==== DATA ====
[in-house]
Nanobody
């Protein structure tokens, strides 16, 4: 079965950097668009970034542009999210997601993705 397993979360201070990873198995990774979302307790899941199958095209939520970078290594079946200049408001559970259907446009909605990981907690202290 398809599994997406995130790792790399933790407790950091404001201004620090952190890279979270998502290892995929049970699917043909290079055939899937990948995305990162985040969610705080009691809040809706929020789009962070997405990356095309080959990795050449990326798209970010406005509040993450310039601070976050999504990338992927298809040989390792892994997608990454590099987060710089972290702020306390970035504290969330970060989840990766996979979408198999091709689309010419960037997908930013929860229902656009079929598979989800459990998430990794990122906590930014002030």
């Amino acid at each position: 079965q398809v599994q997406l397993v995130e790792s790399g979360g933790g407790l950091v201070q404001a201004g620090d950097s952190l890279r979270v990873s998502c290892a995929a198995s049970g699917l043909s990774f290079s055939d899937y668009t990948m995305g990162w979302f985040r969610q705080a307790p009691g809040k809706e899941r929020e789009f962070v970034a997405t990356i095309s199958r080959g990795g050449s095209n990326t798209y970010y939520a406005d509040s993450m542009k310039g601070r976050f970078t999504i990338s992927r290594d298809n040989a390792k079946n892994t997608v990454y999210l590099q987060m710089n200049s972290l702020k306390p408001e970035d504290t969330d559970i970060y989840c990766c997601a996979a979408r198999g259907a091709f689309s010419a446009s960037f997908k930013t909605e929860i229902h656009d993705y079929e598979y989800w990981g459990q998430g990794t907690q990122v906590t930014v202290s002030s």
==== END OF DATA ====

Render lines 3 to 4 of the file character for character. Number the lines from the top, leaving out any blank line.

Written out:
């Protein structure tokens, strides 16, 4: 079965950097668009970034542009999210997601993705 397993979360201070990873198995990774979302307790899941199958095209939520970078290594079946200049408001559970259907446009909605990981907690202290 398809599994997406995130790792790399933790407790950091404001201004620090952190890279979270998502290892995929049970699917043909290079055939899937990948995305990162985040969610705080009691809040809706929020789009962070997405990356095309080959990795050449990326798209970010406005509040993450310039601070976050999504990338992927298809040989390792892994997608990454590099987060710089972290702020306390970035504290969330970060989840990766996979979408198999091709689309010419960037997908930013929860229902656009079929598979989800459990998430990794990122906590930014002030």
């Amino acid at each position: 079965q398809v599994q997406l397993v995130e790792s790399g979360g933790g407790l950091v201070q404001a201004g620090d950097s952190l890279r979270v990873s998502c290892a995929a198995s049970g699917l043909s990774f290079s055939d899937y668009t990948m995305g990162w979302f985040r969610q705080a307790p009691g809040k809706e899941r929020e789009f962070v970034a997405t990356i095309s199958r080959g990795g050449s095209n990326t798209y970010y939520a406005d509040s993450m542009k310039g601070r976050f970078t999504i990338s992927r290594d298809n040989a390792k079946n892994t997608v990454y999210l590099q987060m710089n200049s972290l702020k306390p408001e970035d504290t969330d559970i970060y989840c990766c997601a996979a979408r198999g259907a091709f689309s010419a446009s960037f997908k930013t909605e929860i229902h656009d993705y079929e598979y989800w990981g459990q998430g990794t907690q990122v906590t930014v202290s002030s």